Grow Natural Dyes for Wool Crafts
You can grow natural dyes for wool in your back yard garden. As farm folks at heart, it’s natural for us to prefer do it yourself projects. The winter often finds us leafing through seed catalogs, planning our gardens for spring and summer. If you also love wool, consider adding some seeds for dye plants to this year’s garden plots. While this article will concentrate on how to choose plants that grow natural dyes for wool, quick searches will yield more information regarding dyes for other fibers, such as cotton and linen.
You may be familiar with some of the following plants that grow natural dyes, and not realize that they had this potential use. Other’s will be new to your garden choices. Surprisingly, some are often considered invasive weeds, that is until you see the beautiful color the plant yields for your yarn.
How to Select the Right Seeds for Dye Gardens
When choosing seeds for any garden project, check your gardening zone for compatibility. The plants will thrive if given the right environment and care. Most of these are easy cultivars, meaning they thrive even if you think you have a black gardening thumb.
When growing a plant that has a tendency to “take over the garden, such as mint or madder, plant in a large container to restrict spread. Consider the variety of colors that you are planting. Having some that produce primary colors will eventually yield a rainbow of colors by over dyeing and combining dyes.
Easy Growers for the Dye Garden
Marigolds walked me through my very first natural dye experiment. The color from marigolds is potent and growing these beauties is easy in most areas. I collect the flowers as they begin to wither and let them dry on a screen. When completely dried, I store the flowers in a bag until I have enough to create a dye pot of golden yellow color. All of the species of marigold will yield dye color. The result will vary depending on the amount of yellow or orange flowers you collect.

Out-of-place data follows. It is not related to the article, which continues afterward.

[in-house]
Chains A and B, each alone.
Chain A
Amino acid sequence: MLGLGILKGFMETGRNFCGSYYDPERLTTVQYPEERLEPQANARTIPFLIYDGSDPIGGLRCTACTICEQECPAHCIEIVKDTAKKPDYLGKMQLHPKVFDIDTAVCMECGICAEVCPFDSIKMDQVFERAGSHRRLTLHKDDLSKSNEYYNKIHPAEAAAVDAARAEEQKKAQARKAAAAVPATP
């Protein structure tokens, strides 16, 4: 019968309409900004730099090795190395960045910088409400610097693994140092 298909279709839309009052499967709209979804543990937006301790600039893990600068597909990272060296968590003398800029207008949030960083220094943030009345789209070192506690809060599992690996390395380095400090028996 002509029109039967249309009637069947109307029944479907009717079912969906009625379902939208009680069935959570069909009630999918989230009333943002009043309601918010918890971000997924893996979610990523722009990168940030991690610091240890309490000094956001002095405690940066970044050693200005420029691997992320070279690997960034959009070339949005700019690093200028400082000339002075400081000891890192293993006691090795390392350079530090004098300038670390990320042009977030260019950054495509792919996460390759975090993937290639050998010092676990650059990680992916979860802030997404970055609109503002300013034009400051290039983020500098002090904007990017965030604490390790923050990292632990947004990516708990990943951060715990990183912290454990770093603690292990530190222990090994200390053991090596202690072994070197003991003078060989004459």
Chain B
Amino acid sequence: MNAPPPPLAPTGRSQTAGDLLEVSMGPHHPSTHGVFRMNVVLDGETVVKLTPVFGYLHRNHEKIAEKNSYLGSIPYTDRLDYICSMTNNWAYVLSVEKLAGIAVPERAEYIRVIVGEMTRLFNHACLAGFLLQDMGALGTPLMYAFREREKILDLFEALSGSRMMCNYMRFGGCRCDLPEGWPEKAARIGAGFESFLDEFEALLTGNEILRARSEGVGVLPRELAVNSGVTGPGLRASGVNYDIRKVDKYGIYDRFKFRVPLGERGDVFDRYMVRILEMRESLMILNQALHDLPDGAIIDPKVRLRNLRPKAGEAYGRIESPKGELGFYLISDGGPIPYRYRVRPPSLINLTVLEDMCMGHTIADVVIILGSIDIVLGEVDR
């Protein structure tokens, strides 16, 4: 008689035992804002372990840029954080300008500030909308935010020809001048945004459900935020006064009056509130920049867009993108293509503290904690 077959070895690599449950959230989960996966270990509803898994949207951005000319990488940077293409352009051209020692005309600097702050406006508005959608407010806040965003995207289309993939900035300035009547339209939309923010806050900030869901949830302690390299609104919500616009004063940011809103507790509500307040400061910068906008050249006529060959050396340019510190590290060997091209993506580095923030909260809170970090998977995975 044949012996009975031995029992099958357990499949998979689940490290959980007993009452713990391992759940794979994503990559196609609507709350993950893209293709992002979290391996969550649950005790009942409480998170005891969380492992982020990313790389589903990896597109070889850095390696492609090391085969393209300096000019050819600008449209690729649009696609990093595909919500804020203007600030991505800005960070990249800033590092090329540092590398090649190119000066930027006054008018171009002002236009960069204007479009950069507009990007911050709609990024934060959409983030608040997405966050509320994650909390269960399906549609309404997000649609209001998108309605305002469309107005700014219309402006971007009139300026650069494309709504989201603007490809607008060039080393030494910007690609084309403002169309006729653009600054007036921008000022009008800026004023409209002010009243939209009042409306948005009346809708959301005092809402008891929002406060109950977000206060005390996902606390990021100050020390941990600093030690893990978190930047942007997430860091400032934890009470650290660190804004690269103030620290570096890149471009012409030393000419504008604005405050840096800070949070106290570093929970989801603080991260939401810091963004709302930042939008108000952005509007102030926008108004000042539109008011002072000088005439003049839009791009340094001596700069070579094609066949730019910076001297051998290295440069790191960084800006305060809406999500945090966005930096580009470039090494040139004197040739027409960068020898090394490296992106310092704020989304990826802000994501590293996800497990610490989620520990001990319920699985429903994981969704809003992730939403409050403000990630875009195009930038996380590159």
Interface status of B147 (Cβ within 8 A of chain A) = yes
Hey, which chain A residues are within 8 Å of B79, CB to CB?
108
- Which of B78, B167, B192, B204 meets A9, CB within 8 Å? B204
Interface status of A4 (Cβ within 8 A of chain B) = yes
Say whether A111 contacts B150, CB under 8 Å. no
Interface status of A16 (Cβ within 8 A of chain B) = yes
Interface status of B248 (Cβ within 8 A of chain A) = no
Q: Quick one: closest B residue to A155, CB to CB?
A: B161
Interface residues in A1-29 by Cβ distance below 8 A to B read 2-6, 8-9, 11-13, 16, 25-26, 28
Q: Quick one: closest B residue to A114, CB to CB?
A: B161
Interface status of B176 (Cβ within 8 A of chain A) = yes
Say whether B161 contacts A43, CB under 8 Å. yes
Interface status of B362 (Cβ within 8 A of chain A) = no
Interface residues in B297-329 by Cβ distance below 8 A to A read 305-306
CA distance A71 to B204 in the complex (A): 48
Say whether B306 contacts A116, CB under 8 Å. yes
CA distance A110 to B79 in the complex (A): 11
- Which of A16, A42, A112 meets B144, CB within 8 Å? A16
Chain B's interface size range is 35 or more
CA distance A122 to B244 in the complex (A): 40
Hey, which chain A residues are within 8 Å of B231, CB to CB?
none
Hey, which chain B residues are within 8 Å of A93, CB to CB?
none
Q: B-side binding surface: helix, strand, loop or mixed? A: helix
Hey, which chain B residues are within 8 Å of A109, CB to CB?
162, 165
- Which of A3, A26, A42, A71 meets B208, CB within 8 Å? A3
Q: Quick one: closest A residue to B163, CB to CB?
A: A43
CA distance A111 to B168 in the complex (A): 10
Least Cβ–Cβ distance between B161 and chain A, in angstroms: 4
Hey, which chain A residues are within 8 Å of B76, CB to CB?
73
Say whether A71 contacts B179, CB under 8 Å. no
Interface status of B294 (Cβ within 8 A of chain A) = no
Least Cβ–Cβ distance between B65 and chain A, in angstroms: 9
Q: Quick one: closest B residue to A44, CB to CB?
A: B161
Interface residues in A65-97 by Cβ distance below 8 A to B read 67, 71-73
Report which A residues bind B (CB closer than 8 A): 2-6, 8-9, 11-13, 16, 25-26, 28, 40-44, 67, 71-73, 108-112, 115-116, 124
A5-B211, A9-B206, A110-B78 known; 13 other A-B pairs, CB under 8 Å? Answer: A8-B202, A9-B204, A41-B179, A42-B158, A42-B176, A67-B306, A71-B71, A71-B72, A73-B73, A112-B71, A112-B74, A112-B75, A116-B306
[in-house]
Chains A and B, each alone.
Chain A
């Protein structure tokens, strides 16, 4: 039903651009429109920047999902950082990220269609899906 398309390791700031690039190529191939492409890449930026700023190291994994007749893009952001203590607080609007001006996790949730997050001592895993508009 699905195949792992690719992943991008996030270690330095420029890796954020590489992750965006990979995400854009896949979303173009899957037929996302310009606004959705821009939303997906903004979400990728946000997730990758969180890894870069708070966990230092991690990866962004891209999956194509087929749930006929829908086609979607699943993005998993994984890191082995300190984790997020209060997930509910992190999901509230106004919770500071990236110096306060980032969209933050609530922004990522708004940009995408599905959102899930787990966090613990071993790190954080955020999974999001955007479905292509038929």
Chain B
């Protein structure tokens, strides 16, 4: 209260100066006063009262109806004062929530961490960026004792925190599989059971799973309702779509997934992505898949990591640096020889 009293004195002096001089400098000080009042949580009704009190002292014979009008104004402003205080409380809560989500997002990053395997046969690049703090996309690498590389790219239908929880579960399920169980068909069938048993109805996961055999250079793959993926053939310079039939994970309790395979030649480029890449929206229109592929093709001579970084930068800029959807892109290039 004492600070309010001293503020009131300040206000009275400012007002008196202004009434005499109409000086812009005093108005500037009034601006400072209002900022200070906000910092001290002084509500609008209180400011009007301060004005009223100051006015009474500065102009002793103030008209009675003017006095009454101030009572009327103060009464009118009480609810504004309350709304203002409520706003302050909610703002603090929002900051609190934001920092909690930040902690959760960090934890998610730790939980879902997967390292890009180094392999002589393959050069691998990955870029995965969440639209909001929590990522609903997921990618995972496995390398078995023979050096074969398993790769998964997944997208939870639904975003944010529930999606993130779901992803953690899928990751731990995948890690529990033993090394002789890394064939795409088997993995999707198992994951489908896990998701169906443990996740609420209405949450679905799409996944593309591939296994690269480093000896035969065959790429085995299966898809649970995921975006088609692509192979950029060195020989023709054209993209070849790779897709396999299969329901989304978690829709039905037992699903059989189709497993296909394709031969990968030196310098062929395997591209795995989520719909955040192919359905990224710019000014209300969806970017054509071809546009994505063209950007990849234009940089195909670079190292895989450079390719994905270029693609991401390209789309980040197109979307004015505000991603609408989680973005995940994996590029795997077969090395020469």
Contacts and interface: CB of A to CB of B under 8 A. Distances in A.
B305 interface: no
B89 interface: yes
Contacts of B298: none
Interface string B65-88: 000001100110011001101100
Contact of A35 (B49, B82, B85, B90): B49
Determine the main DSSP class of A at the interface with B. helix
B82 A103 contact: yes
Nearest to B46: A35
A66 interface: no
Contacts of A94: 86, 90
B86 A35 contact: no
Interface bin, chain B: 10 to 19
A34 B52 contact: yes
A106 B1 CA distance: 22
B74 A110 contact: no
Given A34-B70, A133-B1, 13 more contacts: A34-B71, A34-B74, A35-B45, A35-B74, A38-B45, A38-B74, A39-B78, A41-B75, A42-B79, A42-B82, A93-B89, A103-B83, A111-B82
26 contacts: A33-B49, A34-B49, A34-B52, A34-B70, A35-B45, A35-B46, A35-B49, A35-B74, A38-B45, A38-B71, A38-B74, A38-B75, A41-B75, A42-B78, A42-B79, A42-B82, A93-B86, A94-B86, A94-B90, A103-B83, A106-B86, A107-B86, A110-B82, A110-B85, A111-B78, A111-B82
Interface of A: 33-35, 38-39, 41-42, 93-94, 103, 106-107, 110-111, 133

Growing marigolds helps repel annoying garden pests. As a companion plant they often keep pests from eating your produce. The bees and butterflies love gardens full of marigold blooms. Marigolds don’t require much of a green thumb to grow. Sun is preferred and not too much fertilizer please.
Hibiscus or Rose Mallow is easy to grow. I found plants growing wild on the edges of our property, so I am guessing it is also spread by birds. The plant adds a lot of blossoms to your garden, and grows into a tall bush.
The link below opens to a printable version of my hibiscus dye recipe for dyeing wool yarn.
Gather the flowers and use fresh or dried for later. I usually gather flowers from my dye plants as they begin to dry or wither on the plant. I enjoy planting flowering species for both dyes and to give the pollinators a reason to stop by my garden.
Dried Hibiscus can also be purchased, as it is sold as a tea. Make sure you are purchasing only dried hibiscus petals. The color from hibiscus is a wide range of pinks and lilacs. Mordant your wool fiber first for best color staying power.
Solar Dyeing with Hibiscus Petal Dye
My favorite way to process wool yarn with hibiscus petal dye is the solar dye method. Using very warm water to start, and keeping the dye bath in the sun for a few days prevents over heating the dye. Reds and pink natural dyes are susceptible to turning brown if over heated.
Zinnias yield soft yellows, tans and lighter browns. It’s funny to think that all the vibrant color of the zinnia in the garden creates such a soft dye pot of color. Zinnia dye requires twice as much flower material as weight of goods to be dyed, 2:1, so be sure and plant a large patch of zinnias!